In a recent phone conversation shortly after he had been hospitalized, he spoke of the illness that was taking its toll on him. When  asked if he wanted the matter to remain secret, he answered “Why?! After all, it’s not a sin to be sick!.” And in our concluding comments, we remarked that certain sins are indeed widespread and do in fact concern us all.






inpsych@mac.com (iaapclo1 iaapclo1) ROOT Mon, 03 Dec 2001 04:56:00 +0000
Eli Weisstub, M.D. http://iaap.org/news-2/obituaries-2/1259-obituary-eli-weisstub-m-d.html http://iaap.org/news-2/obituaries-2/1259-obituary-eli-weisstub-m-d.html Obituary Dr. Eli Weisstub MD

10.1.1943 – 30.3.2015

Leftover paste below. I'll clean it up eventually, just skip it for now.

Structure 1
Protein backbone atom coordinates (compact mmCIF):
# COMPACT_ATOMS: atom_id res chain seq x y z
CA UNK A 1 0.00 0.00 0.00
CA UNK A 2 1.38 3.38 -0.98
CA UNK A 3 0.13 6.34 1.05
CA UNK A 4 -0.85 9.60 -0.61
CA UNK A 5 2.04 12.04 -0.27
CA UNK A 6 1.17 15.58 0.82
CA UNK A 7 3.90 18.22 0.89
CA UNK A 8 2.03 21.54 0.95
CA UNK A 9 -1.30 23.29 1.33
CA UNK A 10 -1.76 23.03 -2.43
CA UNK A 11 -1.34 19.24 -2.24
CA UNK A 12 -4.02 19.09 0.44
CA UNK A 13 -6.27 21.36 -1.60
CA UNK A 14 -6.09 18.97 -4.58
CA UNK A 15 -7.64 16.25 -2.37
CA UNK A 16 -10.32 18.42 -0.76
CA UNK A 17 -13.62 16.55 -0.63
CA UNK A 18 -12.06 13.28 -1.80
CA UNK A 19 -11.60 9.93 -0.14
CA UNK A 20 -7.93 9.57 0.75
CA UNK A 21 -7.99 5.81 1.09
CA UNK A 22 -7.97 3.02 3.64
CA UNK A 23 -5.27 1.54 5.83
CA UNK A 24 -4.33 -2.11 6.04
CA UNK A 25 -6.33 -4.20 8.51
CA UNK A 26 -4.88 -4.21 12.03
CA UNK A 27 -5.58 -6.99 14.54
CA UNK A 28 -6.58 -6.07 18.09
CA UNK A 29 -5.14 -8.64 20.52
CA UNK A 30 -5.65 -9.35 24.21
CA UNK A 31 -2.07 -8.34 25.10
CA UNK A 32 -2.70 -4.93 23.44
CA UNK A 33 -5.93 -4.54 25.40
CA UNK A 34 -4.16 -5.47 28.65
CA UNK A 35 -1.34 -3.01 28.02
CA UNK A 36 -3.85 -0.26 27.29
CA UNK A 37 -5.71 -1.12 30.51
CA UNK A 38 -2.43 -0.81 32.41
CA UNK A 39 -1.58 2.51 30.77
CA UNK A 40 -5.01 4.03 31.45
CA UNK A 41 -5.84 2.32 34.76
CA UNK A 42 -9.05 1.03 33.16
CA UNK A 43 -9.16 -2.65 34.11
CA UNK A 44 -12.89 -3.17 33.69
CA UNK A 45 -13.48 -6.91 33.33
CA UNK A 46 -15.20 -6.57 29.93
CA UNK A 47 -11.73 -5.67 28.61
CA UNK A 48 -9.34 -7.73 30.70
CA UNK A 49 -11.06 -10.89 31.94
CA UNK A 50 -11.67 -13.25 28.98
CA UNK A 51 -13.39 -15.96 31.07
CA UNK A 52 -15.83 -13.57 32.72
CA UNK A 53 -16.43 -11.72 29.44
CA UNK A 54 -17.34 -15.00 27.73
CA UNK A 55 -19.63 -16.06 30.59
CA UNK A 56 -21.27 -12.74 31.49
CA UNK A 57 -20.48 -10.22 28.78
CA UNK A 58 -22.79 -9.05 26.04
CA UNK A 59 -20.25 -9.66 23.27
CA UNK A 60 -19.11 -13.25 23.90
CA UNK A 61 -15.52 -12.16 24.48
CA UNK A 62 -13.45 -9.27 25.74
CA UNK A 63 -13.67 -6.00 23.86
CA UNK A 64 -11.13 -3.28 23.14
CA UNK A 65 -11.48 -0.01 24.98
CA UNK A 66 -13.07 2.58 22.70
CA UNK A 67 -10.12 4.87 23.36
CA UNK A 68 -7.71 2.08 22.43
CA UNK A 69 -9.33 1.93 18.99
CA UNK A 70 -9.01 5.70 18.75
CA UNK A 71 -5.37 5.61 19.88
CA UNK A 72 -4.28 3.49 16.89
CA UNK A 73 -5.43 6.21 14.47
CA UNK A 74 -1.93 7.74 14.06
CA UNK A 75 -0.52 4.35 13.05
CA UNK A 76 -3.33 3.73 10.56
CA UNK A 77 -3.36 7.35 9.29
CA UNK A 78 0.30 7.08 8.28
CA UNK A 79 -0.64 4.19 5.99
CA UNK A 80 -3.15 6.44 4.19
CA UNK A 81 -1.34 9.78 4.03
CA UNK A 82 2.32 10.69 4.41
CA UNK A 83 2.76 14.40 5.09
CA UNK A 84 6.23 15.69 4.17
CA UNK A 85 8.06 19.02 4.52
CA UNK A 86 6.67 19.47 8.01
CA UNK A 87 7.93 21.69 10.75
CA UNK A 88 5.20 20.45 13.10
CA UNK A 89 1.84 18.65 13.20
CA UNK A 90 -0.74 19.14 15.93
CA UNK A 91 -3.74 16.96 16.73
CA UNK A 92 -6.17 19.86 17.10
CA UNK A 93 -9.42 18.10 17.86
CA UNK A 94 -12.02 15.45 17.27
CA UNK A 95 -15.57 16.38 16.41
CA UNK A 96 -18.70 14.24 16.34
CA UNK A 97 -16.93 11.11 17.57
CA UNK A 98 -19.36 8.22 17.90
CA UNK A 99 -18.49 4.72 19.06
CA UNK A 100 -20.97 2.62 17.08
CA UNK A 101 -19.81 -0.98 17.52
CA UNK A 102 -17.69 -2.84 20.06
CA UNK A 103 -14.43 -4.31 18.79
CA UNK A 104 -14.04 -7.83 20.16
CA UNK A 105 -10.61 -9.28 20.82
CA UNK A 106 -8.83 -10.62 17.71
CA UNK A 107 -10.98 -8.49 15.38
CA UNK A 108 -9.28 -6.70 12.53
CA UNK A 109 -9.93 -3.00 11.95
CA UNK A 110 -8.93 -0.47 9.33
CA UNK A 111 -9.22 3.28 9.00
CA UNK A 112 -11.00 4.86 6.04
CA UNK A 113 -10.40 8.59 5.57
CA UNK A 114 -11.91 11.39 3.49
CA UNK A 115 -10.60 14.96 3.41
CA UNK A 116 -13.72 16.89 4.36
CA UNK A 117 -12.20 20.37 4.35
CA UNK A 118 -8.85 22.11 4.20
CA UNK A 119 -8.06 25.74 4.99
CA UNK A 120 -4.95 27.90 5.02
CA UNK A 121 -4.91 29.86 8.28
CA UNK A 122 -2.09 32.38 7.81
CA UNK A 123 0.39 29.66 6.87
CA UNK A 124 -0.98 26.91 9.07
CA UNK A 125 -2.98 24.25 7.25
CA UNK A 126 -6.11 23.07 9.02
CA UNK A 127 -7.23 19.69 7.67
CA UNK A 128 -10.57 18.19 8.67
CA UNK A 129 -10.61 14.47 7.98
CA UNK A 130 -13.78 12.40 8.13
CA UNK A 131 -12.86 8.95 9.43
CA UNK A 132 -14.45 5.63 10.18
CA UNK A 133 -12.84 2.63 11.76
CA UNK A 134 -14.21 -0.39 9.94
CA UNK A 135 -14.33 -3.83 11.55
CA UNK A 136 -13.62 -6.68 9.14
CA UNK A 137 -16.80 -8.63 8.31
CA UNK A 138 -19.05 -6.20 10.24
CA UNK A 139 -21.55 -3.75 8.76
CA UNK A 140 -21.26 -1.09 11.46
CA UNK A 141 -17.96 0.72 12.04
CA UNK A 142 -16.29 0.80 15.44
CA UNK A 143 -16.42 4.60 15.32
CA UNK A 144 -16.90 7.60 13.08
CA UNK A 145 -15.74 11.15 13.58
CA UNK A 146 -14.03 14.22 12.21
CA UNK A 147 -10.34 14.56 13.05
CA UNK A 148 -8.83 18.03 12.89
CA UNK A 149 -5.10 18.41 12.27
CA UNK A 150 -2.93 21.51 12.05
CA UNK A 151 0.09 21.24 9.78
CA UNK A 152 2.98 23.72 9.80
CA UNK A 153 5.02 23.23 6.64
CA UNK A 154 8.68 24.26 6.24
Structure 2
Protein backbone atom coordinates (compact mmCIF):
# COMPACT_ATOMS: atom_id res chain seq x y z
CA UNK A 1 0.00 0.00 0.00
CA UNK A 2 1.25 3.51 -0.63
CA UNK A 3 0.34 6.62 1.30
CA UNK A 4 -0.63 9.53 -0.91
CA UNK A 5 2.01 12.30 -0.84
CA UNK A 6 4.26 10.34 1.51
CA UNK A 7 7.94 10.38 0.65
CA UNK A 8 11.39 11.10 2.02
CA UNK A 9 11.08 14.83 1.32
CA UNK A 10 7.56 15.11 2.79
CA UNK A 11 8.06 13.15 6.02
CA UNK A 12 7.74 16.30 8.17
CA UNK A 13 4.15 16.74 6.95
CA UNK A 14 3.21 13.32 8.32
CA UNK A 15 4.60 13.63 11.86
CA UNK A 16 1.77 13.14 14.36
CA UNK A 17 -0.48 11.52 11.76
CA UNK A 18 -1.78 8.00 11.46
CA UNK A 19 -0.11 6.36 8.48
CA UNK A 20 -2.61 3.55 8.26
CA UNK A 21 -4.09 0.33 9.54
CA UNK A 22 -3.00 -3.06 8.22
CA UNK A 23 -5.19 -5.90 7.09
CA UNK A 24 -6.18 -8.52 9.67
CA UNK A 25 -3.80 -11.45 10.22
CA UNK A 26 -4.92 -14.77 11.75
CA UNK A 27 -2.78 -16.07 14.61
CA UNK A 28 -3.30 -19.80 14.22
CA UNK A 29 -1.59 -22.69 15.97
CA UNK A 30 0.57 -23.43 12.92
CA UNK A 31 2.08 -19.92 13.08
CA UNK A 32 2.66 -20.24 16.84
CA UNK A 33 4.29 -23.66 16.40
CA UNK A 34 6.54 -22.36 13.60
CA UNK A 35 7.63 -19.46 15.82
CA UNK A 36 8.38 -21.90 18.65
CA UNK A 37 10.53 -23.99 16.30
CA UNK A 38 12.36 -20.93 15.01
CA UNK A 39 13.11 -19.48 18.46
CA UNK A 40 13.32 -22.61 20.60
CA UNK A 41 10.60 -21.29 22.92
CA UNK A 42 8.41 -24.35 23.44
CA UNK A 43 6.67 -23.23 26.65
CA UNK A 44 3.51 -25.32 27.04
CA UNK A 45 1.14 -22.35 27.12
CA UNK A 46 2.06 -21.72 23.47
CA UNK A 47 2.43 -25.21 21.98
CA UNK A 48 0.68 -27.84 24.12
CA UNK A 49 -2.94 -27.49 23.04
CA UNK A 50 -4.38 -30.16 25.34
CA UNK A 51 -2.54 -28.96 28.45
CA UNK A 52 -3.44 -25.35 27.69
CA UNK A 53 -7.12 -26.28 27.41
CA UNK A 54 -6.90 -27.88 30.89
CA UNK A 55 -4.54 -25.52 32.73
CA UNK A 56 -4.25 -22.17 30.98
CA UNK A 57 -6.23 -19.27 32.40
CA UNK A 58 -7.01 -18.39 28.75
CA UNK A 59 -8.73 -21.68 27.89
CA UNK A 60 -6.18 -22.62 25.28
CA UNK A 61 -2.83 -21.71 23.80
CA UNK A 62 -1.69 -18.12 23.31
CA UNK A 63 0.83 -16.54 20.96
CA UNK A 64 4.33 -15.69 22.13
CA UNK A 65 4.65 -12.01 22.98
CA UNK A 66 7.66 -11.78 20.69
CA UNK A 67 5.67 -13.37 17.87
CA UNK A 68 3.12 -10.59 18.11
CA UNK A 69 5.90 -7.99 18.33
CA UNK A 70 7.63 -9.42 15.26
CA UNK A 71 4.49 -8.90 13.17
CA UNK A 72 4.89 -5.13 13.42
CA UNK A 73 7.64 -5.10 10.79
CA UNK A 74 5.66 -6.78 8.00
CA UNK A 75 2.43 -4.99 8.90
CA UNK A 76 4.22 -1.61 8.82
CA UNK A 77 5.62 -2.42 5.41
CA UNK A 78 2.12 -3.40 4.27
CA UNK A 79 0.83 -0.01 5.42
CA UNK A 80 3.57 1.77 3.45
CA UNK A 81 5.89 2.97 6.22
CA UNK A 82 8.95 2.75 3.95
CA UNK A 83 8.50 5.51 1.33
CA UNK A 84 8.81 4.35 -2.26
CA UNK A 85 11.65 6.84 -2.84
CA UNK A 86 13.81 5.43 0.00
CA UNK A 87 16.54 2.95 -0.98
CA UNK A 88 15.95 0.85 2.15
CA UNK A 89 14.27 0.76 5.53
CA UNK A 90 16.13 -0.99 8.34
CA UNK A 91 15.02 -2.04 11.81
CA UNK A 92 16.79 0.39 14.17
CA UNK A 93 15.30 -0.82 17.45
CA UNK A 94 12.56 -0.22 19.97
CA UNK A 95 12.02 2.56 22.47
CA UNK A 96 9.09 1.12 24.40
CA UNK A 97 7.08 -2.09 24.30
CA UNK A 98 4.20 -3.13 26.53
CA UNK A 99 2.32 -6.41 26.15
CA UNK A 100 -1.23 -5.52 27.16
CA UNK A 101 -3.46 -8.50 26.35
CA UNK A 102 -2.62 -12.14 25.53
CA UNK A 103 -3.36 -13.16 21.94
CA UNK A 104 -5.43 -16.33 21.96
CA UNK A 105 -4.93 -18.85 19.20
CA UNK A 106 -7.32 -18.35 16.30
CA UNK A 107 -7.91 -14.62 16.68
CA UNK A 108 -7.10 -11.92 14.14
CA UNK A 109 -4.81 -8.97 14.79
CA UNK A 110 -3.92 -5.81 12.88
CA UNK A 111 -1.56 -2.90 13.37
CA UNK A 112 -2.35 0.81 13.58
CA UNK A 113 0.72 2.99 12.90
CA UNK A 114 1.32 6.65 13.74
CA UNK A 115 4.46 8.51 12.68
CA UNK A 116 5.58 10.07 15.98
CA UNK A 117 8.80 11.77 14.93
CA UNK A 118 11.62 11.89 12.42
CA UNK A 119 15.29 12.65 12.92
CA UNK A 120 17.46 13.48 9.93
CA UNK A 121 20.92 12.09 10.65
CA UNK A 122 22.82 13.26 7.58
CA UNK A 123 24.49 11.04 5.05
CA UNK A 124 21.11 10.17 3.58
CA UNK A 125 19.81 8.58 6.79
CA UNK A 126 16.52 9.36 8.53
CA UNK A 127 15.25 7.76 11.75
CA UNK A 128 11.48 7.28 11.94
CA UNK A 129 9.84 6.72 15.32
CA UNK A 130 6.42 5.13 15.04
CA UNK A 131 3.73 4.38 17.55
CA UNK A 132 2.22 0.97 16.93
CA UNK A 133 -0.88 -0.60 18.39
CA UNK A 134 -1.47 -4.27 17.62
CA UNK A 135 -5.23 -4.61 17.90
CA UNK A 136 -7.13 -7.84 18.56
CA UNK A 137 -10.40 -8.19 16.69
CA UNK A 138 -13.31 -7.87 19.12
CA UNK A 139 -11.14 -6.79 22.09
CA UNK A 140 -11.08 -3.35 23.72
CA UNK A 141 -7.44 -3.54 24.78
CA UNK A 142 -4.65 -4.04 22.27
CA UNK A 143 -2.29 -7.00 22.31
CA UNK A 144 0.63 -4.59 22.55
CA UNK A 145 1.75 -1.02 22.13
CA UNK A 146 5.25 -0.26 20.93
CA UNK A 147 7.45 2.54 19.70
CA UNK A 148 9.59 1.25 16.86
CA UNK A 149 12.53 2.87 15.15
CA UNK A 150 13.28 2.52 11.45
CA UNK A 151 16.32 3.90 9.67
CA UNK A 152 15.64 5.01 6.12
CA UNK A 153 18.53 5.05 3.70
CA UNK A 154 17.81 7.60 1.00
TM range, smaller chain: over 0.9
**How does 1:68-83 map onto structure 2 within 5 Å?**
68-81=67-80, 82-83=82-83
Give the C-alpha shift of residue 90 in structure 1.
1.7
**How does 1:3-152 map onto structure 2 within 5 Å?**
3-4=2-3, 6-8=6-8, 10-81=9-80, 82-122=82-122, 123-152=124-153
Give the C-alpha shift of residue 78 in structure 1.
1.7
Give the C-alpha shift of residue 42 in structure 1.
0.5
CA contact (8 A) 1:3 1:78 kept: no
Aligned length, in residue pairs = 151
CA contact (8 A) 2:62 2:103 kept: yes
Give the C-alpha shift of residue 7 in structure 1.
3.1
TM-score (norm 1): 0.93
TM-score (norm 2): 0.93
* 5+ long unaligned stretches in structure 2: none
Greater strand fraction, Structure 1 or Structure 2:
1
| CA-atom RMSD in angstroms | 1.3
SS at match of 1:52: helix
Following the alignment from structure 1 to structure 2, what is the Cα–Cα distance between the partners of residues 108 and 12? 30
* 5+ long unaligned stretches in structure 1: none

I met Eli when I studied Psychology at the Hebrew University in Jerusalem, where he had just arrived from San Francisco. An instructor of students performing clinical work in hospital psychiatric departments (in 'Hadassa' Medical Center and 'Ezrat Nashim' Hospital), he was always available, collegial without maintaining any distance, and with a Californian spirit of equality. He brought with him a fresh and open professional attitude. Eli was a person of refined taste, and meticulous about quality in every area, from the criticism of theoretical approaches, professional papers and clinical presentations up to and including the choice of a site for a conference, a car or a jacket. In those years Eli played an important role in founding and formalizing the Israeli Society for Analytical Psychology.